Livingston Council Adopts 2017 Municipal Budget with 1.9-Percent Increase to Average Home


LIVINGSTON, NJ — The Livingston mayor and council unanimously adopted the 2017 municipal budget on Monday with a local purpose tax-rate increase of 1.9 percent—or an estimated increase of $53.35 for the average Livingston homeowner.

This budget, which the council said was “prepared with the primary objective of providing quality services at an affordable price to maintain fiscal stability in accordance with the township’s financial policies,” was approved on March 20, has been advertised since then, and was made available to residents desiring printed copies.

The mayor and council thanked Acting Township Manager Russ Jones, newly appointed Chief Financial Officer Kim Kientz, all of the township department heads—including the fire and police departments, the library, recreation and more—for coming together to present a budget with as minimal tax increase as possible.

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When all appropriations are considered, the total municipal budget is $43,801,489, increasing the tax rate by less than $5 per month to the average home of $600,000, while at the same time maintaining all services that Livingston residents hope to have preserved.

“This budget not only preserves our municipal services, but also continues to invest in the community through important infrastructure improvements—water, sewer and roads,” said Councilman Rudy Fernandez. “We think that’s something that’s important for the community.”

“There are some things as an elected councilman that we can and some things we can’t,” said Councilman Al Anthony. “We can’t control the county taxes, we can’t control the board of ed taxes, but we can control the municipal part and less than $5 a month going forward this year is an accomplishment.”

Anthony said the council was able to accomplish this by asking the department heads what was needed rather than desired, and said the department heads were “terrific” in “tightening their belts.”

“They came in with everything that was reasonable that allowed us to do our job and keep taxes low,” said Anthony. “It’s something that every council person up here gets elected on. I’m proud of this budget.”  

Anthony also noted the benefits of initiating interlocal agreements and open communication with other towns for shared services, such as the upcoming animal shelter renovations in conjunction with the Village of South Orange.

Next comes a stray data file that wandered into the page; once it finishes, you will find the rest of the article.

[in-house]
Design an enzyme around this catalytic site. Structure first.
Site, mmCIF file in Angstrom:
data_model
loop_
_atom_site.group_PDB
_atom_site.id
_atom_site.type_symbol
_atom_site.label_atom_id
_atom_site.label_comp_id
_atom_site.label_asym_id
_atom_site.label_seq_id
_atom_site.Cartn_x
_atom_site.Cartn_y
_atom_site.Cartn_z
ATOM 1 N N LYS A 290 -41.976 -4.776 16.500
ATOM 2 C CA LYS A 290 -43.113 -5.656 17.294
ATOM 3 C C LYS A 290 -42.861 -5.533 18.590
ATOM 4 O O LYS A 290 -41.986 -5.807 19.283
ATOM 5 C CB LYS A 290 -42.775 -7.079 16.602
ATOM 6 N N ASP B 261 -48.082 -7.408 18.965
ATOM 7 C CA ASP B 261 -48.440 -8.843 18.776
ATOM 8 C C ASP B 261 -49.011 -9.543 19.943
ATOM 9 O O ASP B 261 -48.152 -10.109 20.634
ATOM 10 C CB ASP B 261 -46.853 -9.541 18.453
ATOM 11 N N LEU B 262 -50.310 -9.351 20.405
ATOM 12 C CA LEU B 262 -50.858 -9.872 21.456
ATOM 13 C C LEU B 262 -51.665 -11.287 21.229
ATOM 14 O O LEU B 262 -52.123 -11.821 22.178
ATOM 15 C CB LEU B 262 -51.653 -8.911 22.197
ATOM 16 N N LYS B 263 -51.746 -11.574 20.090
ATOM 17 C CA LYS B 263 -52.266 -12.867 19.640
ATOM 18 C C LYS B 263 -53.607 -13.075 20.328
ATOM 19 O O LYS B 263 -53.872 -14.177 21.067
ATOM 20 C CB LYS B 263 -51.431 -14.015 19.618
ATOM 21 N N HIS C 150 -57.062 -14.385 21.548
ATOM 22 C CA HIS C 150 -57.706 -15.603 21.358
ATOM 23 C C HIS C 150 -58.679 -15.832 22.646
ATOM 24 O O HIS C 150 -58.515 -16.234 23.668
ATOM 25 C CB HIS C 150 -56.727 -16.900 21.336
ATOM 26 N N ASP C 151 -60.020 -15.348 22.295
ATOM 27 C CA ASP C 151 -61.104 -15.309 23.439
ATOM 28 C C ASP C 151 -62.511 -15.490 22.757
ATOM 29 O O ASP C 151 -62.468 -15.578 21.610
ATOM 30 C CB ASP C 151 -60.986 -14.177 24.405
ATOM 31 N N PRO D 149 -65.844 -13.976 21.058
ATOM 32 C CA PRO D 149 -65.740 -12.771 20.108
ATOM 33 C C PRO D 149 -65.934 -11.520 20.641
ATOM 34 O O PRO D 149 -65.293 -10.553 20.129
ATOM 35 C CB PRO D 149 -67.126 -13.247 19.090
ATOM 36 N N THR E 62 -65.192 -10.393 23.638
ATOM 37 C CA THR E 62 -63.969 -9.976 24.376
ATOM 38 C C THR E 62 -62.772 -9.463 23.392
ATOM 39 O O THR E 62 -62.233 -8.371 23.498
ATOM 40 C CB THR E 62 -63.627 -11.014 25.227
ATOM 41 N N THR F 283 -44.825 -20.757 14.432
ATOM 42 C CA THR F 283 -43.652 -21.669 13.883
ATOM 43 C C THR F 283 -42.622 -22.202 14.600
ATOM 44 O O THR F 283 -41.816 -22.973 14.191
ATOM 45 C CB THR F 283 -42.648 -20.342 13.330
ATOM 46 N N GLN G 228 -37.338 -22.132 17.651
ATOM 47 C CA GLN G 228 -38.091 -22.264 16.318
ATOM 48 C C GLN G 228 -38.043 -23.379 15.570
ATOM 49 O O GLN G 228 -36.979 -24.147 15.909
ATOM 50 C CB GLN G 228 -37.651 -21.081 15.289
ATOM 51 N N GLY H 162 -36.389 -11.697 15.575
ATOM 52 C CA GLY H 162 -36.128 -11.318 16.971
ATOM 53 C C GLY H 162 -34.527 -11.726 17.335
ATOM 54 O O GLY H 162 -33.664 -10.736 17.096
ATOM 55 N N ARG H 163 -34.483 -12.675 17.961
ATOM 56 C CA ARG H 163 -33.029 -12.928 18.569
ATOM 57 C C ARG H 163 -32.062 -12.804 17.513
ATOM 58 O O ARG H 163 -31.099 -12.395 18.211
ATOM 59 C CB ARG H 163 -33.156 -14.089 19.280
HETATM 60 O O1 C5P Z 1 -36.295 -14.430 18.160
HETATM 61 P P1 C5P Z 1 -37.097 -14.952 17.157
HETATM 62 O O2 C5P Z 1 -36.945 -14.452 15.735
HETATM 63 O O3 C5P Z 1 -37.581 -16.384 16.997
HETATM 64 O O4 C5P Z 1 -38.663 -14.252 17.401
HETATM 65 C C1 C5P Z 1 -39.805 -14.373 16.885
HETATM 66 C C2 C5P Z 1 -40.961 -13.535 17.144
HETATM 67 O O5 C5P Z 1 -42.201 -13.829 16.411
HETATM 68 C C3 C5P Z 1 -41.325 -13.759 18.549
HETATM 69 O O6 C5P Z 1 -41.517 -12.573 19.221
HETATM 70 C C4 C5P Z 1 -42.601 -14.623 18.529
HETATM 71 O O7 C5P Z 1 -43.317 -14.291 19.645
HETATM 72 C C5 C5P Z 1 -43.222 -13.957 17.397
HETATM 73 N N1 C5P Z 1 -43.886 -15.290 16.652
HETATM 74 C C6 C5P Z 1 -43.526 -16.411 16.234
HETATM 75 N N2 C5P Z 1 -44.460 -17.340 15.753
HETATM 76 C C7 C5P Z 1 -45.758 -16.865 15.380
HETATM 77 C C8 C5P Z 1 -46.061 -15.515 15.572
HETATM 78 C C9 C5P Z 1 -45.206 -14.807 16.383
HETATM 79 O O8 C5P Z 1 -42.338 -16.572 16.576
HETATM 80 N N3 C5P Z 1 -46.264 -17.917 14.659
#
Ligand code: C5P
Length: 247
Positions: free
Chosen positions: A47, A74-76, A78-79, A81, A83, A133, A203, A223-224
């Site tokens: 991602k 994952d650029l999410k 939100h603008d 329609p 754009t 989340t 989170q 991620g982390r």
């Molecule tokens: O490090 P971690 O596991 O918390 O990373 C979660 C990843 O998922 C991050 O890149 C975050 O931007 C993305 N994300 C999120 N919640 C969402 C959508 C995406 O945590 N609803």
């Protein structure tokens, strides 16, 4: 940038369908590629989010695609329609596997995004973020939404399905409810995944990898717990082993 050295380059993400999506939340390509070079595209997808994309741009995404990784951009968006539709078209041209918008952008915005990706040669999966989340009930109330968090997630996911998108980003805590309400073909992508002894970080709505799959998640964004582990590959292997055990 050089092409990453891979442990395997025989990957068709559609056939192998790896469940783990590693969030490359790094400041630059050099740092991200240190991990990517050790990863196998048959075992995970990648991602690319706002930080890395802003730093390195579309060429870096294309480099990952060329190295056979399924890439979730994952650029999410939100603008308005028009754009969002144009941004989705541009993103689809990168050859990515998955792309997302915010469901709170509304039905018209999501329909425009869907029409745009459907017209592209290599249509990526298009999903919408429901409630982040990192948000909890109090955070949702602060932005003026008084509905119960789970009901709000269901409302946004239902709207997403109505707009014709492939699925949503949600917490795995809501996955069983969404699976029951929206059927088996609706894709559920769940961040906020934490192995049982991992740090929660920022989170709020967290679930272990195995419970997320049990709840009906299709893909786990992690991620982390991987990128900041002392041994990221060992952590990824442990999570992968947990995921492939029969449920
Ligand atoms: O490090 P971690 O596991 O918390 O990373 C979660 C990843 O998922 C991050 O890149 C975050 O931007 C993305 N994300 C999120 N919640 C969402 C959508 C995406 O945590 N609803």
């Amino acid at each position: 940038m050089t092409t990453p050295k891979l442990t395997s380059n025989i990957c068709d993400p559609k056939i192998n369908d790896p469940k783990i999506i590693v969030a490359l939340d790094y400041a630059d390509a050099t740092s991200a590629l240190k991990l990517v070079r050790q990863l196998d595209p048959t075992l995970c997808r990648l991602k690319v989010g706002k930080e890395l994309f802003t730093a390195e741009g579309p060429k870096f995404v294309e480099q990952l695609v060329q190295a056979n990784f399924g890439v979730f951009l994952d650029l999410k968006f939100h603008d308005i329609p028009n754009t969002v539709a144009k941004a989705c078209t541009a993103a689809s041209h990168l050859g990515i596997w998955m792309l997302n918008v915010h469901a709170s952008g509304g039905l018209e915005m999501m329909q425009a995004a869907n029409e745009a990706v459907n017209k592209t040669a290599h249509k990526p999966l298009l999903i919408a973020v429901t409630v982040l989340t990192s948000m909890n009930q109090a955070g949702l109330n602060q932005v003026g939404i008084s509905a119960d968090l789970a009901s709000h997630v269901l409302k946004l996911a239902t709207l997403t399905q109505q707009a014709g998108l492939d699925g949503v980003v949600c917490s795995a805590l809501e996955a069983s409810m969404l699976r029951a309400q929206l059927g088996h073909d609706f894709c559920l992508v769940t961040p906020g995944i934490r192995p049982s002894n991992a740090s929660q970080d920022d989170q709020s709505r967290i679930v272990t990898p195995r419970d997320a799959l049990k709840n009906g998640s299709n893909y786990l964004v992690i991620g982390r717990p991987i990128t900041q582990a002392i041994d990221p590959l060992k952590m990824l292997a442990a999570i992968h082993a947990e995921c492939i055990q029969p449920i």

Echoing Anthony, Councilman Michael Silverman reiterated that the council only controls 17 percent of the residents’ tax bill. He said the municipal budget is tight and that Kientz and Jones—having stepped in shortly after the previous township manager was relieved of her duties and the previous CFO retired—did a great job.

He also said that in order to come back next year with the most up-to-date numbers, the council hopes to have a six-month review with the departments heads in July to determine what has been accomplished thus far and what still needs to be done.

“The future is bright for this community,” he said. “There are always going to be things that people question and times that people disagree with what this council does. But I know as one of the five that we are all working for the best interest of Livingston, I know that the county is always working in the best interest of the county of which we are part. I ask and hope that the board of education does the same and for them to look at six-month intervals as well.”  

Councilman Fernandez and Deputy Mayor Ed Meinhardt reiterated these comments, as well as the fact that expenses are lower than last year and that the council will continue its efforts to reduce these expenses as much as possible.

“Our budget always reflects what the community’s priorities are and it’s important that we look to see what the residents want the township to provide and how we can put them into the budget,” said Fernandez. “There are a number of things in this year’s budget that we’ve been working on for a while.”

Some of these projects include shared services with the board of education to improve the tennis court improvements, funding for a replacement rescue truck, new police vehicles, baseball field repairs and more.

Additionally, Fernandez said the council continues to fund budget reserves to minimize the impact of any unforeseen circumstances on a future budget.

“I, too, am very proud of this year’s budget,” said Meinhardt. “All of this was done without cutting any services this year, and actually we added services—we added a full-time adaptive rec coordinator, we re-did our softball and baseball fields, our tennis courts will be redone as well this year, and a lot of good things came out of this budget without cutting any of our services.”

Mayor Shawn Klein said the budget reflects the main goals of the council as well as the priorities of the town and added that he is most looking forward to the website and township mobile application being completed during this calendar year.

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